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Simulated HSK Tests: An Illustrated Booklet vol.3

Simulated HSK Tests
An Illustrated Booklet vol.3


Beijing Language & Culture University Press, 2006
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    About this book

Located in the southeast of Beijing, Tiantan is where emperors of the Ming and Qing dynasties worshipped heaven and prayed for a good harvest. It is the largest existing temple Structure in China and is known far and wide for four sites: 1. Qiniandian; 2. Huiyinbi (echo Wall); 3. Sanyinshi; 4. Huanqiutan. Its exquisite design, skilful architecture and unique style are rarely found in ancient world buildings, making it a must for visitors to Beijing. Tiantan was built in the 4th through the 18th years during the reign of emperor Yongle of the Ming dynasty. In the early period of the temple, because heaven and earth were worshipped together, it was called Temple of Heaven and Earth. In 1530, another structure Fangze (the Temple of Earth) was built on the northern outskirts of Beijing for the worship of earth and since then, heaven and earth were worshipped separately. The original Temple of Heaven and Earth was used exclusively for the worship of heaven, so it was renamed the Temple of Heaven. The Temple of Heaven covers 273 hectares. The structures were laid about in the shape of the character and the temple wall was divided into inner and outer parts. The outer altar wall is 6,416 metres long. Originally there was only a western gate, through which the emperor went in and out to worship and the current east, west, south and north gates were later opened. The inner alter wall is 3,292 metres long and set up with east, west, south and north gates. The main buildings of the Temple of Heaven are concentrated in the south and north axis of the inner altar and are connected by the Danbi Bridge. From south to north are Huanqiutan, Huanggongyu, Qiniandian and Huangqiandian. There is a Zhaigong in the west of the temple, a Divine Kitchen and a Butcher Pavilion in the east: an Echo Wall. a linked area of 72 rooms and Qixingshi and other structures and scenic spots.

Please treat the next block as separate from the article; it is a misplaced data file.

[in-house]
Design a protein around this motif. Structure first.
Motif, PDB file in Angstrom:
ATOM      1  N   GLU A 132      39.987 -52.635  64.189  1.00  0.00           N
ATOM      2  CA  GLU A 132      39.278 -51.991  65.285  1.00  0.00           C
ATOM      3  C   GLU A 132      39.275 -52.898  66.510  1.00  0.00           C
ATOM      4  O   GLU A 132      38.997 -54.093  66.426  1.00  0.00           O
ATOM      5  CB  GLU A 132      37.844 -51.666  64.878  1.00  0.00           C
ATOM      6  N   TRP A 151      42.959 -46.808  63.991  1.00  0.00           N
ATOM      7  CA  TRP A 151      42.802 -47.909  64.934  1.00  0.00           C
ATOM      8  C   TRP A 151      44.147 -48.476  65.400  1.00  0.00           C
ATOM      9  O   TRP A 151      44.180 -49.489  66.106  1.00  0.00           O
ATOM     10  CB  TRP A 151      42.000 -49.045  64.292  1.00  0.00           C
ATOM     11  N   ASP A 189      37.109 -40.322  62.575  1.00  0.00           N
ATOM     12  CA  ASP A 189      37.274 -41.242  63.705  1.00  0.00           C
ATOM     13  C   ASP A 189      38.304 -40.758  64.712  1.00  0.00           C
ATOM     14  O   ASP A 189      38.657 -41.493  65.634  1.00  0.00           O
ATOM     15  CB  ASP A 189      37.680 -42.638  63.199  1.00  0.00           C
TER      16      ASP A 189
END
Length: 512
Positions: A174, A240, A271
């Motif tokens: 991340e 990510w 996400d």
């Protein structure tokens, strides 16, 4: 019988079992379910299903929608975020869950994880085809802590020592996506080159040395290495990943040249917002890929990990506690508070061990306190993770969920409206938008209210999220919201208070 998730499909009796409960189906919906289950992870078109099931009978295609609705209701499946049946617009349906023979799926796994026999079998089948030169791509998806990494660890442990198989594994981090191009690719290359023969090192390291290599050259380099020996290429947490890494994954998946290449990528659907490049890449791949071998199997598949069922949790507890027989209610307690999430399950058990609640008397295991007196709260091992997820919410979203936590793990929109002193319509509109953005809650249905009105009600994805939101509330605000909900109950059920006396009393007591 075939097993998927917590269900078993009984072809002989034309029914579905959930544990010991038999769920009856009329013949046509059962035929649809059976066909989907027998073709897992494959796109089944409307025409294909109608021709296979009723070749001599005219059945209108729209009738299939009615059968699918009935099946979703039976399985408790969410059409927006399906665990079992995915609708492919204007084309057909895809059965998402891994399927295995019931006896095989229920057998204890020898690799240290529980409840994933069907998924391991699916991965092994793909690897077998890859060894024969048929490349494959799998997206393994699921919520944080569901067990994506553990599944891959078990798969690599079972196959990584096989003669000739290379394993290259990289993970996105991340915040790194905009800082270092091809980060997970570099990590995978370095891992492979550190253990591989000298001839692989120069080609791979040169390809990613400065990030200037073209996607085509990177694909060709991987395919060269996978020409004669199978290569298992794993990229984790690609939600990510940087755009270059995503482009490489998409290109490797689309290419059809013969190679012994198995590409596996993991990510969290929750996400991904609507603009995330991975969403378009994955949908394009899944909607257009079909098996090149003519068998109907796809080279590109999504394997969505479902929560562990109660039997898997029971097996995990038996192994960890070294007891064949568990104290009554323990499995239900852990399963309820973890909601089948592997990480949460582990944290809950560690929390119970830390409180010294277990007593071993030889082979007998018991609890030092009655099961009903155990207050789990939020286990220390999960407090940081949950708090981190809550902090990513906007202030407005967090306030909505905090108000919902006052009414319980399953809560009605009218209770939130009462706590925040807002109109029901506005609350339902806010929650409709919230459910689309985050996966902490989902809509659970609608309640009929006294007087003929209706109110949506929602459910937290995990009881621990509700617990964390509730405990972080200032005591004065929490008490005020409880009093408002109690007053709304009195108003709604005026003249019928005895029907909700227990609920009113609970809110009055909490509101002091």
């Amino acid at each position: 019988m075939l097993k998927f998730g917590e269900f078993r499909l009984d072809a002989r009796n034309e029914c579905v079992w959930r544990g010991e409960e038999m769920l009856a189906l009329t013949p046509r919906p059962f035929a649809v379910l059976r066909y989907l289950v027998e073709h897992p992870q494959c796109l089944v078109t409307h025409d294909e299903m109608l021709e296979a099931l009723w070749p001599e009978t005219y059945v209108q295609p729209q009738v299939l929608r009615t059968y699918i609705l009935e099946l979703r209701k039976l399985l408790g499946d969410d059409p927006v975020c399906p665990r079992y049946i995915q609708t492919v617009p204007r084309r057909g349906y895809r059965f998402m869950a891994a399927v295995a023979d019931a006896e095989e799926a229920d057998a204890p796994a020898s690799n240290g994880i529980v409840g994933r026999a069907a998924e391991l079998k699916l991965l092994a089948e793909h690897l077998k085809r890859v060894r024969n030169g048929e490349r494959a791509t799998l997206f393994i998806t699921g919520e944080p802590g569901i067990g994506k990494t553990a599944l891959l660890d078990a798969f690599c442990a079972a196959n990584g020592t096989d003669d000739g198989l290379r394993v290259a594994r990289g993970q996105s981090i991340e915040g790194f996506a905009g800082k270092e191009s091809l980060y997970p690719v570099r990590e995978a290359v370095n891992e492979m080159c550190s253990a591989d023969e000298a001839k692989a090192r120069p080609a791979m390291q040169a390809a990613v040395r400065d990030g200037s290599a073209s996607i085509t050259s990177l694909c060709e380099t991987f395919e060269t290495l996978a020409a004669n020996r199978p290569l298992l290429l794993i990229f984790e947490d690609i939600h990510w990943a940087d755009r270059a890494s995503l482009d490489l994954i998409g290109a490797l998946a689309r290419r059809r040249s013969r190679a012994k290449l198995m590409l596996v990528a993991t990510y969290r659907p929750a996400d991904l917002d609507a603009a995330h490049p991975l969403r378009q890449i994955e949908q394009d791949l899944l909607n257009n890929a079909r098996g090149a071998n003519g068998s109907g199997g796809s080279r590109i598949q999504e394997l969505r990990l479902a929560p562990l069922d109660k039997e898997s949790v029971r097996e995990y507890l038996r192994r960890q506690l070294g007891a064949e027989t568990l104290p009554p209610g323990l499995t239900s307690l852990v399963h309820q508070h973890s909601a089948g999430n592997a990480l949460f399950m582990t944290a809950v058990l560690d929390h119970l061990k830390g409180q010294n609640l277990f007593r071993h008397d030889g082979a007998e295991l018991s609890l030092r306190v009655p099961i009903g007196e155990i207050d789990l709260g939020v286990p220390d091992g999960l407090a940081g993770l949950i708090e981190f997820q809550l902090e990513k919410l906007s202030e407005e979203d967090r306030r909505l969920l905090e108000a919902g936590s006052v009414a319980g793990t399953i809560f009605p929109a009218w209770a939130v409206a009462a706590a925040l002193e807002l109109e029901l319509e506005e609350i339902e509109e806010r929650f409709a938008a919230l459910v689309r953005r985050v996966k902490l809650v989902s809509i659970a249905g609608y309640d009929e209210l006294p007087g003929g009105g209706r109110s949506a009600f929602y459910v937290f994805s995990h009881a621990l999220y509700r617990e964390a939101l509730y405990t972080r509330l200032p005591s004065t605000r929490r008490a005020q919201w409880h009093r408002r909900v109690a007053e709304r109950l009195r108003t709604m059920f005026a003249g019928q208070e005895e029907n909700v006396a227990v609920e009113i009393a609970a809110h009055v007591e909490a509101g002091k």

This picture album consists of three parts. For the readers' convenience, we begin with the Fasting Palace where the emperor worshipped heaven, then proceed to introduce Qiniandian and Huanqiutan, interspersed with some interesting legends and anecdotes. The picture album is laced with elegant pictures and concise language and, at the same time, easy to read. It will provide enjoyment to visitor, architectural researchers and the casual readers.
ISBN: 9787561911006
Binding: Paperback
Pages: 150
Sizes: 200x138mm
Publication: 1/2006
Weight: 174g

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